Medicaid Managed Care Plans Owned by For-Profits Have Higher Costs, Lower Quality

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<p>In many states, Medicaid programs have contracted out the delivery of health care services to publicly traded, for-profit health plans that are focused on managing the care of Medicaid beneficiaries. Under the Affordable Care Act, states will see expanding Medicaid enrollment, and publicly traded companies are expected to capitalize on this growing market. </p>
<p>A new Commonwealth Fund <a href="/publications/issue-briefs/2011/jun/assessing-financial-health-medicaid-managed-care-plans-and">issue brief</a> compares these plans with non-publicly traded plans owned by groups of health care providers, health systems, community health centers, or clinics. Researchers Michael J. McCue, D.B.A., and Michael H. Bailit, M.M., found that Medicaid managed care plans that are owned by publicly traded, for-profit companies spent an average of 14 percent of premiums on administrative costs, while the non-publicly traded plans spent about 10 percent. The publicly traded plans also received lower scores for quality-of-care measures related to preventive care, treatment of chronic conditions, members' access to care, and customer service. </p>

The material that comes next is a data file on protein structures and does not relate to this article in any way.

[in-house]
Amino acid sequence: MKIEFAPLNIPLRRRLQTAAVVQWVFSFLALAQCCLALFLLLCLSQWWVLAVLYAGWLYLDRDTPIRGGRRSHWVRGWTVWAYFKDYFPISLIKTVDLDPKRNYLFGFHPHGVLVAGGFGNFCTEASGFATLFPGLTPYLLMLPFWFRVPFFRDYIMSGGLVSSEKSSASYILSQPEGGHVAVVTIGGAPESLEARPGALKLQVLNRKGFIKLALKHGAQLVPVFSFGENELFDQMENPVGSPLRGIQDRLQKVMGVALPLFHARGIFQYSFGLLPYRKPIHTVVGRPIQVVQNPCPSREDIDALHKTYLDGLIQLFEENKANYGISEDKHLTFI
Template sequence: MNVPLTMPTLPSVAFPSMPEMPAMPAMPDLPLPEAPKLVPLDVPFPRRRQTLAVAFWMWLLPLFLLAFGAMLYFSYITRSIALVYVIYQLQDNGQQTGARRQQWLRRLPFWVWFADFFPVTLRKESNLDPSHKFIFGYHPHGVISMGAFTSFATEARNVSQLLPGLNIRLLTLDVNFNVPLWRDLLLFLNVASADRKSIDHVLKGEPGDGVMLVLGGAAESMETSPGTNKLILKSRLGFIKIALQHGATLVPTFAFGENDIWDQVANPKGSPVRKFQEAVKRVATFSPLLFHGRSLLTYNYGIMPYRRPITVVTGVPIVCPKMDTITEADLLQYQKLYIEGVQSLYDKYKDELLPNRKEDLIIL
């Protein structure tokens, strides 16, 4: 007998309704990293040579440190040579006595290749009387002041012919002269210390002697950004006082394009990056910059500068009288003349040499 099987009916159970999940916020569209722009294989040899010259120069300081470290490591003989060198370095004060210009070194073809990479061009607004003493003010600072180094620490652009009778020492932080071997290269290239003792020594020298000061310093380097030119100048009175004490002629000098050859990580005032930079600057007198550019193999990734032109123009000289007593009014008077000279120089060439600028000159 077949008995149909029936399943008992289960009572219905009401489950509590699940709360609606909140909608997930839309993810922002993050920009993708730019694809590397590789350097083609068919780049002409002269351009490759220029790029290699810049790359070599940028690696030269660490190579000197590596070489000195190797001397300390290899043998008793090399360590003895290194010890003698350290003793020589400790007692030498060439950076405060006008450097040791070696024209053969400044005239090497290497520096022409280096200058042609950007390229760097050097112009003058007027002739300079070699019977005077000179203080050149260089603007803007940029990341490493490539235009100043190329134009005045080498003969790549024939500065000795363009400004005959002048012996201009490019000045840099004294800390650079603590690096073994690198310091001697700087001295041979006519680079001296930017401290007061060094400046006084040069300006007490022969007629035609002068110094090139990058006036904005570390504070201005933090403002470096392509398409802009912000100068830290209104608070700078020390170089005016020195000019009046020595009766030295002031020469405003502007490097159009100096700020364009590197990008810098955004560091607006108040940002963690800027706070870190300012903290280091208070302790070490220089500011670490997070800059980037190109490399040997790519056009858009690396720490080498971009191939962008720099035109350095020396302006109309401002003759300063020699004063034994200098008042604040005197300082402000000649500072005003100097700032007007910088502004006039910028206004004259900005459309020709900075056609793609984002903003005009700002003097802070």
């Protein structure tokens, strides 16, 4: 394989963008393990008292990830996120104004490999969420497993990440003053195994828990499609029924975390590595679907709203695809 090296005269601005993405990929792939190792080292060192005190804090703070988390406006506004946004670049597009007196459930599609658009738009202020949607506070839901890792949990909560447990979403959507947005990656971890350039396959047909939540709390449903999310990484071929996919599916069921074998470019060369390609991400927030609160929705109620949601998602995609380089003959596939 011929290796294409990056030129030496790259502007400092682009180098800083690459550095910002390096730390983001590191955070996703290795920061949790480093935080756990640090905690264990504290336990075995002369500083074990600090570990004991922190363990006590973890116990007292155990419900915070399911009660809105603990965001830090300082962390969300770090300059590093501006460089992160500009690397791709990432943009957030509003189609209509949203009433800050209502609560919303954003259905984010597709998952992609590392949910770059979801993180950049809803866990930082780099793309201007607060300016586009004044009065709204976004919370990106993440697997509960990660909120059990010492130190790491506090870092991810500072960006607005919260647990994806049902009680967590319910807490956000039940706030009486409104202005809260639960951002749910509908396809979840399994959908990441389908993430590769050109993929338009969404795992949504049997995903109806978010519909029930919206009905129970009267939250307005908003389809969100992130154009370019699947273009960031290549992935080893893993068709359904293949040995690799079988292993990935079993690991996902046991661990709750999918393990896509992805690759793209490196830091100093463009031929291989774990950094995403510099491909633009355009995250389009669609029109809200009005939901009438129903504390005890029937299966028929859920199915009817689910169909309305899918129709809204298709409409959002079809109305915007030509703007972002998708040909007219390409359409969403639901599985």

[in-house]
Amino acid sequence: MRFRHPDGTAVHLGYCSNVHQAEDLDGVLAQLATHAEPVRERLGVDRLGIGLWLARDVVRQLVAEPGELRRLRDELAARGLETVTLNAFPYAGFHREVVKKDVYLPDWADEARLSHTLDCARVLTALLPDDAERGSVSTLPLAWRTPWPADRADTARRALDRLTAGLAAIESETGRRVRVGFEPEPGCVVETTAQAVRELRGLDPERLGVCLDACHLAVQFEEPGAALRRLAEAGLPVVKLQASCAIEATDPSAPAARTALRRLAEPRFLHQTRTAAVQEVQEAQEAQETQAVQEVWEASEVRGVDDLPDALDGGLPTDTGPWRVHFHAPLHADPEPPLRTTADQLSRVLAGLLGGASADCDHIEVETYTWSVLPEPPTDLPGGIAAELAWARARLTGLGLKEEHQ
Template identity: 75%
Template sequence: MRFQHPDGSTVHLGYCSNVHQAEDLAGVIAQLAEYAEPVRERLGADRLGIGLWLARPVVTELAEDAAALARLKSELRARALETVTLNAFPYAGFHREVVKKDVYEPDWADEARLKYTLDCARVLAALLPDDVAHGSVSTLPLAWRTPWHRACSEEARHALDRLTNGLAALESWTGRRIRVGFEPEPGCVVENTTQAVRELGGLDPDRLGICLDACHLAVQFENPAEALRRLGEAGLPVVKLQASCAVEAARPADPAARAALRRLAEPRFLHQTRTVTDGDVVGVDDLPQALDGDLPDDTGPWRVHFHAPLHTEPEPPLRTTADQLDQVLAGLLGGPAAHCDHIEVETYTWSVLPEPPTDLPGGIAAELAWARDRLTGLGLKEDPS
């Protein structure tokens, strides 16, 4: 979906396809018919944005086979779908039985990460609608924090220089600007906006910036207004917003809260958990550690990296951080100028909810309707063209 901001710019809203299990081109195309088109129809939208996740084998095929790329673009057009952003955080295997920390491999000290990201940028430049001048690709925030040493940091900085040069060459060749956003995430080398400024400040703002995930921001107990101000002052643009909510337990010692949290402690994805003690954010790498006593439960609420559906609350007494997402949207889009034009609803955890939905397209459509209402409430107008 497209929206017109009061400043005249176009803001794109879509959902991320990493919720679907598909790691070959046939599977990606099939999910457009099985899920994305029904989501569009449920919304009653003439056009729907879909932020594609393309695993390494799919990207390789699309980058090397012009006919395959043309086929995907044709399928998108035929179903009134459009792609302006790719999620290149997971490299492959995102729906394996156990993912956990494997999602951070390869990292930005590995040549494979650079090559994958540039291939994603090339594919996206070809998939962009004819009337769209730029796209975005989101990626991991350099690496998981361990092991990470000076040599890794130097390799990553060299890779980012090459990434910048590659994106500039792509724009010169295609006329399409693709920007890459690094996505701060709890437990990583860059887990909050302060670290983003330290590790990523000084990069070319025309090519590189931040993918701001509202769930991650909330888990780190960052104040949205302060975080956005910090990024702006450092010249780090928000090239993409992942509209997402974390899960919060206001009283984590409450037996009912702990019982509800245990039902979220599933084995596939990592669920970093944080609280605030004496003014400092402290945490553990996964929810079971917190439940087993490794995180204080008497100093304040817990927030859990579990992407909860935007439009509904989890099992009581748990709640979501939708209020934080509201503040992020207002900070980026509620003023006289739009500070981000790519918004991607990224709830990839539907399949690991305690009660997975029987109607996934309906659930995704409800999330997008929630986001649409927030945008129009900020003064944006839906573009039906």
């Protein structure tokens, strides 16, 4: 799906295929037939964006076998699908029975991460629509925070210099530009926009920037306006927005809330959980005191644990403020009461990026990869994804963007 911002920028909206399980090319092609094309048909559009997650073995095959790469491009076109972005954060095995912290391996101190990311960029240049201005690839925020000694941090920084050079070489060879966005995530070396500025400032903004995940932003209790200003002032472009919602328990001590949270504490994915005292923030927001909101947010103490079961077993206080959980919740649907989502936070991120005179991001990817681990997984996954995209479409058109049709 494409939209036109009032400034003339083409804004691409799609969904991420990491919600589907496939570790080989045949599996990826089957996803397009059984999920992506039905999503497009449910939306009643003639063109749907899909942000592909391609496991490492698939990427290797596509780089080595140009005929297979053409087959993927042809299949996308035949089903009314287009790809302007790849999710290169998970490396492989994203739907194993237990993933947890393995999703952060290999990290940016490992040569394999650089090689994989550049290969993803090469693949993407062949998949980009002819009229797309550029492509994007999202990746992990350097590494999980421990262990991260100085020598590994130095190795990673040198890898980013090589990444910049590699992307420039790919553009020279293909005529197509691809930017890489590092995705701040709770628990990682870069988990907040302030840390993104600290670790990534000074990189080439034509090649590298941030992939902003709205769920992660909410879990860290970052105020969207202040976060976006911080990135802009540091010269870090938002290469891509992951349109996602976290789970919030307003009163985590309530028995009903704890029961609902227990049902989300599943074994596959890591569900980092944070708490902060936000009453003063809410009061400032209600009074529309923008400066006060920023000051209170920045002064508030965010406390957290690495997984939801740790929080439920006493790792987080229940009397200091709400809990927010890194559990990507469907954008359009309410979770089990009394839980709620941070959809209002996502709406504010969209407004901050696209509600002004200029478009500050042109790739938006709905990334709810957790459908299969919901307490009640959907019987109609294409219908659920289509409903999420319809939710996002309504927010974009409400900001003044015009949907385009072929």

<p>The authors point out that "investment in information technology may also account for the higher administrative costs among plans with larger memberships, especially those owned by publicly traded companies." </p>
<p>To read the complete brief, go to <a href="/publications/issue-briefs/2011/jun/assessing-financial-health-medicaid-managed-care-plans-and">Assessing the Financial Health of Medicaid Managed Care Plans and the Quality of Patient Care They Provide</a>. <br /><br /></p>